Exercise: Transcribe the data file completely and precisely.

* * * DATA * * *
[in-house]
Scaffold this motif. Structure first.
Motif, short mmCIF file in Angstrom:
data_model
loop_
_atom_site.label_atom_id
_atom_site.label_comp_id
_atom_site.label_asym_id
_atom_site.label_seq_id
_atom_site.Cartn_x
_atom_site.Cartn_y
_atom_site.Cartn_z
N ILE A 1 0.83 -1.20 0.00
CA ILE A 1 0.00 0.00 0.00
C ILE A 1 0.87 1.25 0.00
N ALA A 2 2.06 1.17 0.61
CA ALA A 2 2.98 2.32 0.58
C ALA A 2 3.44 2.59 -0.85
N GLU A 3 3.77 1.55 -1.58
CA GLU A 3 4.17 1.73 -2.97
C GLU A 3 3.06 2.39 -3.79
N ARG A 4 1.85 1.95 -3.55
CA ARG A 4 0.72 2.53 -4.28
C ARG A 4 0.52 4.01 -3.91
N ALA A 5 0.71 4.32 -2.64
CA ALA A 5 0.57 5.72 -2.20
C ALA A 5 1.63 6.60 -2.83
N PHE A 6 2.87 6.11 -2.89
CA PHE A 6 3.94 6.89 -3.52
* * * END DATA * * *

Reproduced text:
[in-house]
Scaffold this motif. Structure first.
Motif, short mmCIF file in Angstrom:
data_model
loop_
_atom_site.label_atom_id
_atom_site.label_comp_id
_atom_site.label_asym_id
_atom_site.label_seq_id
_atom_site.Cartn_x
_atom_site.Cartn_y
_atom_site.Cartn_z
N ILE A 1 0.83 -1.20 0.00
CA ILE A 1 0.00 0.00 0.00
C ILE A 1 0.87 1.25 0.00
N ALA A 2 2.06 1.17 0.61
CA ALA A 2 2.98 2.32 0.58
C ALA A 2 3.44 2.59 -0.85
N GLU A 3 3.77 1.55 -1.58
CA GLU A 3 4.17 1.73 -2.97
C GLU A 3 3.06 2.39 -3.79
N ARG A 4 1.85 1.95 -3.55
CA ARG A 4 0.72 2.53 -4.28
C ARG A 4 0.52 4.01 -3.91
N ALA A 5 0.71 4.32 -2.64
CA ALA A 5 0.57 5.72 -2.20
C ALA A 5 1.63 6.60 -2.83
N PHE A 6 2.87 6.11 -2.89
CA PHE A 6 3.94 6.89 -3.52